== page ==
[Aberdeen] DAILY WORLD / DAVID SANDLER
Arthur Ruger of Bay Center talks about his views of the Iraq war with Congressman Brian Baird at a town hall meeting at Raymond High School on Saturday. Ruger and his wife, Lietta, have a nephew and a son-in-law currently serving in the military.
And who Writes here?
 
A Viet Nam era military Veteran, Arthur Ruger is a social worker, poet and writer on politics, religion and spirituality.

Originally trained for priesthood and ministry in the Church of Jesus Christ of Latter Day Saints, Arthur more recently has labored at St. Johns Episcopal Parish in South Bend, Washington as a lay preacher, organist and Senior Warden.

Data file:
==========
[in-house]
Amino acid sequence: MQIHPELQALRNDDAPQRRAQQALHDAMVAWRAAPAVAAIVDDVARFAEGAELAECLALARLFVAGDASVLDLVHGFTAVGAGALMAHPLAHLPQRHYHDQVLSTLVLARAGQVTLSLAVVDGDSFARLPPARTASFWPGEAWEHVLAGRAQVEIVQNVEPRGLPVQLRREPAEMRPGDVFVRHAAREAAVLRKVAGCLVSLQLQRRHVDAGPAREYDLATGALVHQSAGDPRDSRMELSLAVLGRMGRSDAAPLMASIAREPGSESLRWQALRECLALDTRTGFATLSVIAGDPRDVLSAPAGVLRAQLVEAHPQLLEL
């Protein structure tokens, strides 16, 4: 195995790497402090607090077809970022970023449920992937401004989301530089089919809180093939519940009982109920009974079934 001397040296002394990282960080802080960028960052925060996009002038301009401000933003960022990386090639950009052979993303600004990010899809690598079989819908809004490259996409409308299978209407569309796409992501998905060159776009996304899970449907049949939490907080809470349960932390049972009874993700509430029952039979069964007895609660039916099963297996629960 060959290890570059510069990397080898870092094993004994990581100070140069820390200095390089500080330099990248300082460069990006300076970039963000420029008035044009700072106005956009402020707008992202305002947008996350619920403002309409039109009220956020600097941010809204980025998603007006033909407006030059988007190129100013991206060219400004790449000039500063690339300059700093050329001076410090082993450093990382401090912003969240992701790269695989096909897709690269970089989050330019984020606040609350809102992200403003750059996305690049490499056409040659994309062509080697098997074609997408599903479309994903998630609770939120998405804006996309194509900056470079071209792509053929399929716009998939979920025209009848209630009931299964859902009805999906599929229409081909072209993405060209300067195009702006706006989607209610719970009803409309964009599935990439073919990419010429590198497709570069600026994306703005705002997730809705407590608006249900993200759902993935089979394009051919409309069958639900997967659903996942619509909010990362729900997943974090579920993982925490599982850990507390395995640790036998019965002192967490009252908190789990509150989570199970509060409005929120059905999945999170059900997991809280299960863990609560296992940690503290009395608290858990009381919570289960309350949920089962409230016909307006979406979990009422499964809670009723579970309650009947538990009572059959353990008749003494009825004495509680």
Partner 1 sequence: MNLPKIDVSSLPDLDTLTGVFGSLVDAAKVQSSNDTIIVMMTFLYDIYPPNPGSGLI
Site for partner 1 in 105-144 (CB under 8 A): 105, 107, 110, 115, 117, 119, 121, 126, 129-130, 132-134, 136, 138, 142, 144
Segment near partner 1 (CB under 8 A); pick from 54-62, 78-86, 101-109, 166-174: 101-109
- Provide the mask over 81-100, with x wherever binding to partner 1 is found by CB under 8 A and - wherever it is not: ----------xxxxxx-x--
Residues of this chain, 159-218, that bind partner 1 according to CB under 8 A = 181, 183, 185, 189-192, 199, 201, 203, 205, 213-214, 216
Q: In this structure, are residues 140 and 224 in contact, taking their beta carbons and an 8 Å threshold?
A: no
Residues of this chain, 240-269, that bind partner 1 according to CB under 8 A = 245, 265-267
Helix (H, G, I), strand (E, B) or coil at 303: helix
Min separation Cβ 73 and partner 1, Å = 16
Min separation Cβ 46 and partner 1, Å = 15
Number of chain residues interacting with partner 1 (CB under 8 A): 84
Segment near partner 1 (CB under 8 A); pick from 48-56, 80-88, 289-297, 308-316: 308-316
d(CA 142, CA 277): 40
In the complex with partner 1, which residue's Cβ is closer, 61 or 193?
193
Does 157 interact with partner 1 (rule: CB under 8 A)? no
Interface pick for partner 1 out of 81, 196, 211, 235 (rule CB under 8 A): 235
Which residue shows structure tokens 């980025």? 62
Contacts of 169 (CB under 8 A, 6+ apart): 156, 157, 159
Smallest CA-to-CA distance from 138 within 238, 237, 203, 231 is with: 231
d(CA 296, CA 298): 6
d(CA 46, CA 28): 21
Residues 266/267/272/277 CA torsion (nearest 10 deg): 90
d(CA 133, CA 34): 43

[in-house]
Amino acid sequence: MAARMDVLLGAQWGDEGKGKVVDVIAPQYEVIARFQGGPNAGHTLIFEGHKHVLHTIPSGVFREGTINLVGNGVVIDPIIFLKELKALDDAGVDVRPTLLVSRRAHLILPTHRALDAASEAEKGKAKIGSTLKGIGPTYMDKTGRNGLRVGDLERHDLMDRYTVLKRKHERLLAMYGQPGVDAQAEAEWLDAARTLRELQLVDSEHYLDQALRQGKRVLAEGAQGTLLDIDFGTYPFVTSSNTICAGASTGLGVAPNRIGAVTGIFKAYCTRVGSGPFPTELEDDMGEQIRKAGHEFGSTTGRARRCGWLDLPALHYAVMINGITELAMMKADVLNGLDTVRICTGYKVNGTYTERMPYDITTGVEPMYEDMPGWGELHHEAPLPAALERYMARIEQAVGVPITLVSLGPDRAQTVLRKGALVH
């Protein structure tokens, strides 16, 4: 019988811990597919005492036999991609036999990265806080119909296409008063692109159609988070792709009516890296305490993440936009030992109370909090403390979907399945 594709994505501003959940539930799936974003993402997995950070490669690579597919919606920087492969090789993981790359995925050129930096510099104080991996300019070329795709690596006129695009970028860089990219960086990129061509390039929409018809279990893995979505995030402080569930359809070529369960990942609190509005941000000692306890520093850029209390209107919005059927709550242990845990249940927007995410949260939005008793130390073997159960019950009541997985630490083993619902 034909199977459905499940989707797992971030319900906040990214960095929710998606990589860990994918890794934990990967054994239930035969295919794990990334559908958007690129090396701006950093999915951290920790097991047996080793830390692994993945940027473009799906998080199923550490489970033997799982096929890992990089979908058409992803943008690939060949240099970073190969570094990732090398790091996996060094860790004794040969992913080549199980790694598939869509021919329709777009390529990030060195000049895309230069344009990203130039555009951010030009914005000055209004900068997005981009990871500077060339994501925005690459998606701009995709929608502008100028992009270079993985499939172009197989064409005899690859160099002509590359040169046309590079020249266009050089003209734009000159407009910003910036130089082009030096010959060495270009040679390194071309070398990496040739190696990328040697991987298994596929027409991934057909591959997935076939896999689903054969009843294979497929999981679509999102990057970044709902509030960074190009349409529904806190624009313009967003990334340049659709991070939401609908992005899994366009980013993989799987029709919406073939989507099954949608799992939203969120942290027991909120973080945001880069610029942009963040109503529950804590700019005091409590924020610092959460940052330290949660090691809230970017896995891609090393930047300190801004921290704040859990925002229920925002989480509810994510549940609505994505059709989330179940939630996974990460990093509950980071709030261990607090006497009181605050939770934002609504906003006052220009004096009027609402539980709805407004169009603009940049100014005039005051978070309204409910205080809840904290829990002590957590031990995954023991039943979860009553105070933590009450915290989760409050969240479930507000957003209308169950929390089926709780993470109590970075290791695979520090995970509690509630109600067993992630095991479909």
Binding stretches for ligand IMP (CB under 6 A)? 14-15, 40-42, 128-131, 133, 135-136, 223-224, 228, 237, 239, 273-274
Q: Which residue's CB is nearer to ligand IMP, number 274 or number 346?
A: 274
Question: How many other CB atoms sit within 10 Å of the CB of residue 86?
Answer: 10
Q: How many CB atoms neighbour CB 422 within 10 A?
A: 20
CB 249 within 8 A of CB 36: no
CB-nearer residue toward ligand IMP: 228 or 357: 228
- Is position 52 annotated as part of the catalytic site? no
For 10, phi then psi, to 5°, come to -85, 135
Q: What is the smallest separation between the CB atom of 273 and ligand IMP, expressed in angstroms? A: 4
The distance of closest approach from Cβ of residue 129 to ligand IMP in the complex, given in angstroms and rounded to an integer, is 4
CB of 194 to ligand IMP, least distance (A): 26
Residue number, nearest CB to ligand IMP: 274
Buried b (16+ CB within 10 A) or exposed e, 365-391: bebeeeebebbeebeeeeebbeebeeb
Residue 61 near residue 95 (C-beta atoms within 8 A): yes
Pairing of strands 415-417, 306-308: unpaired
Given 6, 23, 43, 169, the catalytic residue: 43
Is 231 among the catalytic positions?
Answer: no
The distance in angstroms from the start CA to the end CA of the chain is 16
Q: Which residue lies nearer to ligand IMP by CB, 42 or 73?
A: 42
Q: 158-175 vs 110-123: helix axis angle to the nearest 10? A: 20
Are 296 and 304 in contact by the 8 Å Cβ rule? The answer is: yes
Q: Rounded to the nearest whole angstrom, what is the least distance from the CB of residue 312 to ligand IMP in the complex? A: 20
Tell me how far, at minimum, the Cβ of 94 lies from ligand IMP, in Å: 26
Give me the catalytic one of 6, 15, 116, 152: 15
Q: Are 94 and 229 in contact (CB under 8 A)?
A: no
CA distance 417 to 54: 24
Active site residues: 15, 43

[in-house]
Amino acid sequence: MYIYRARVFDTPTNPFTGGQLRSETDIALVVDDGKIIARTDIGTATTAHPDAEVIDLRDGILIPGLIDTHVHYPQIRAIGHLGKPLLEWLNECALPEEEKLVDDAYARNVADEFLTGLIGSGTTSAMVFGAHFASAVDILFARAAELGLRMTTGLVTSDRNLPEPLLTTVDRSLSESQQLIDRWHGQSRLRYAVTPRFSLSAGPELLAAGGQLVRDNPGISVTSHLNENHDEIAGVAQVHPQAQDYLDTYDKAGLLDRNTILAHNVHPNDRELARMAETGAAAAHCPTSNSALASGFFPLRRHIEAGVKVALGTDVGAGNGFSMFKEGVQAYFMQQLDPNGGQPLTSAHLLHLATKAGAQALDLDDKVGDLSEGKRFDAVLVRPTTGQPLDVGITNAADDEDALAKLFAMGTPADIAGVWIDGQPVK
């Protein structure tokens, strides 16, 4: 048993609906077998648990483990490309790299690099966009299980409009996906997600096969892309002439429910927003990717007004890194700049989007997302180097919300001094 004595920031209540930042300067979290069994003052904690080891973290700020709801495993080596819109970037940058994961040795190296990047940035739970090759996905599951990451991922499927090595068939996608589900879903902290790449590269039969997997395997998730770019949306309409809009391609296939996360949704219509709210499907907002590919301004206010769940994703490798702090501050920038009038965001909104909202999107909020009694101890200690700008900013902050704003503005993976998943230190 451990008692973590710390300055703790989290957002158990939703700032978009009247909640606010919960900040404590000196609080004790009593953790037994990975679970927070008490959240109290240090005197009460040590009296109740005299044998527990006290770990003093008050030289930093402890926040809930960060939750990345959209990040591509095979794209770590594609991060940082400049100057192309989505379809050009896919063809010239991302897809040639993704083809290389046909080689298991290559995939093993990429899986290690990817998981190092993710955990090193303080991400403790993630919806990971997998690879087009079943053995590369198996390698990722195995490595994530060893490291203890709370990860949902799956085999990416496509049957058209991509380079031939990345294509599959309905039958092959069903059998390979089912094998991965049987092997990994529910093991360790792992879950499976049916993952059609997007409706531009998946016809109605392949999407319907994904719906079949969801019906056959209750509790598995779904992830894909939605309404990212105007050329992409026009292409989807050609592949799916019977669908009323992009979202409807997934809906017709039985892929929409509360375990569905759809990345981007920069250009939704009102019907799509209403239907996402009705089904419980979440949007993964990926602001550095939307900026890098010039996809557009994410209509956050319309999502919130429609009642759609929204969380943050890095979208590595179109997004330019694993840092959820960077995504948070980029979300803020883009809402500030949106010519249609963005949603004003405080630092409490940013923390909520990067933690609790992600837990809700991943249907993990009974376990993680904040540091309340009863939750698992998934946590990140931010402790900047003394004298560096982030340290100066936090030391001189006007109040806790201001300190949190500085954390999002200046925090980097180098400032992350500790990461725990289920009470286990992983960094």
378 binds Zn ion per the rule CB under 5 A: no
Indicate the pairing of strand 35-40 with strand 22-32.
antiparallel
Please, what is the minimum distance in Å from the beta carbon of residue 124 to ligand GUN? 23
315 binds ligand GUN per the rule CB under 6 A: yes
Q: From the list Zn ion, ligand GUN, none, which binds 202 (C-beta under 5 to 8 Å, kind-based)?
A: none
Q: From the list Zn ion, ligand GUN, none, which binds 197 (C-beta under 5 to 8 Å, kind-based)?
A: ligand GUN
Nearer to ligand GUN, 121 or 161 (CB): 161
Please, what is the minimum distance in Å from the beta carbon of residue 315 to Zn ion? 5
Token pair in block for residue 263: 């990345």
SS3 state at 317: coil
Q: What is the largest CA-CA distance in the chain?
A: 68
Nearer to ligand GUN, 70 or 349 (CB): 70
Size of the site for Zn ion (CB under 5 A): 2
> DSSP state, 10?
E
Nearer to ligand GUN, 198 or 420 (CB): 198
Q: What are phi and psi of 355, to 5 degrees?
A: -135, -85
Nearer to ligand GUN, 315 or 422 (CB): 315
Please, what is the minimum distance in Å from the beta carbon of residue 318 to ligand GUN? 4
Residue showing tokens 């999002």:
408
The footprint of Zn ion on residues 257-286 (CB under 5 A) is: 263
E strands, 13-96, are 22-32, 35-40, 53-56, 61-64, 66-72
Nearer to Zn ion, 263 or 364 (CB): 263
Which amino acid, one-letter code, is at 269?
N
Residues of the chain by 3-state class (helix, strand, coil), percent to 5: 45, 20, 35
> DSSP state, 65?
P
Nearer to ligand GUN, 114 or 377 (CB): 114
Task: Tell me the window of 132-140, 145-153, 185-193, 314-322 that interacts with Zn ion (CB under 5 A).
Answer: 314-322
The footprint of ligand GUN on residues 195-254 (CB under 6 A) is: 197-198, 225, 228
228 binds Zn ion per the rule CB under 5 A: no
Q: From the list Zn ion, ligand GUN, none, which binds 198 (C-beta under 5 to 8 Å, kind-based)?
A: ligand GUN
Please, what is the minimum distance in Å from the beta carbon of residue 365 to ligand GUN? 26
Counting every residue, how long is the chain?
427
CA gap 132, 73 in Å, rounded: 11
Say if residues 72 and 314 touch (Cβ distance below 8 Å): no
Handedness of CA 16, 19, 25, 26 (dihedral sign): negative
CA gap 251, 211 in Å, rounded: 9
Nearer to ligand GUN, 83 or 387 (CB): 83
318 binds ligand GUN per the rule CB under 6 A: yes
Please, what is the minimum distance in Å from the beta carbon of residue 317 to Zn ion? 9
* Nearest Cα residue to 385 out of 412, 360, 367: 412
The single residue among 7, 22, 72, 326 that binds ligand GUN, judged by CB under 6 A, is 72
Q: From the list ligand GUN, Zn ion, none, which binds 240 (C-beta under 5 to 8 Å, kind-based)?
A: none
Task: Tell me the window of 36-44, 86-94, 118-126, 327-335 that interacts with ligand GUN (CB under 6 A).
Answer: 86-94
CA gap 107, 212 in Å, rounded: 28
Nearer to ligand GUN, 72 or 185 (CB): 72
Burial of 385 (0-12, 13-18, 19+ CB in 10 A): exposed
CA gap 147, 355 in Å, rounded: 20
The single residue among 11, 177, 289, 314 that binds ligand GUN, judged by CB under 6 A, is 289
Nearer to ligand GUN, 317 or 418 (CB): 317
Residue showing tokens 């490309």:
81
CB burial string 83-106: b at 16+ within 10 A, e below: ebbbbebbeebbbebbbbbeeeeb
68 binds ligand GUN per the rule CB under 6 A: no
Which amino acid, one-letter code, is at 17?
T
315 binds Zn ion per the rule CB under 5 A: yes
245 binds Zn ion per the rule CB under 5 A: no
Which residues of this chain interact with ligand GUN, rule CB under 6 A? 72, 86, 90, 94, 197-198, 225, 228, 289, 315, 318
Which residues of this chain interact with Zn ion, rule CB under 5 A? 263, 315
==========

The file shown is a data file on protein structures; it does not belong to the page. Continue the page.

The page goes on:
In addition to an intense interest in the American political and regious scene, Arthur's is actively concerned with leigitmate family values and priorities and not the pretend issues of those seeking political power and wealth.

"Family issues and values are important as we are parents of a blended family with 8 children and 16 grandchildren."



My Veterans Group

Prop-Wash Gang's Home site

Author & Freelance Writer

Magpie Watch

When I want to know what's on Fox News I go to Media Matters. Magpie Watch courtesy of MediaMatters.org


Click on image to learn about this novel.

Arthur & Lietta Ruger 2002-2008. The American Choice is a  political internet journal based in Bay Center, Washington. The views expressed not authored by Arthur or Lietta Ruger are the writers' own and do not necessarily reflect those of The American Choice or SwanDeer Productions. Permission of author required for reprinting original material, and only requests for reprinting a specific item are considered.

mailto:arthur@swandeer.com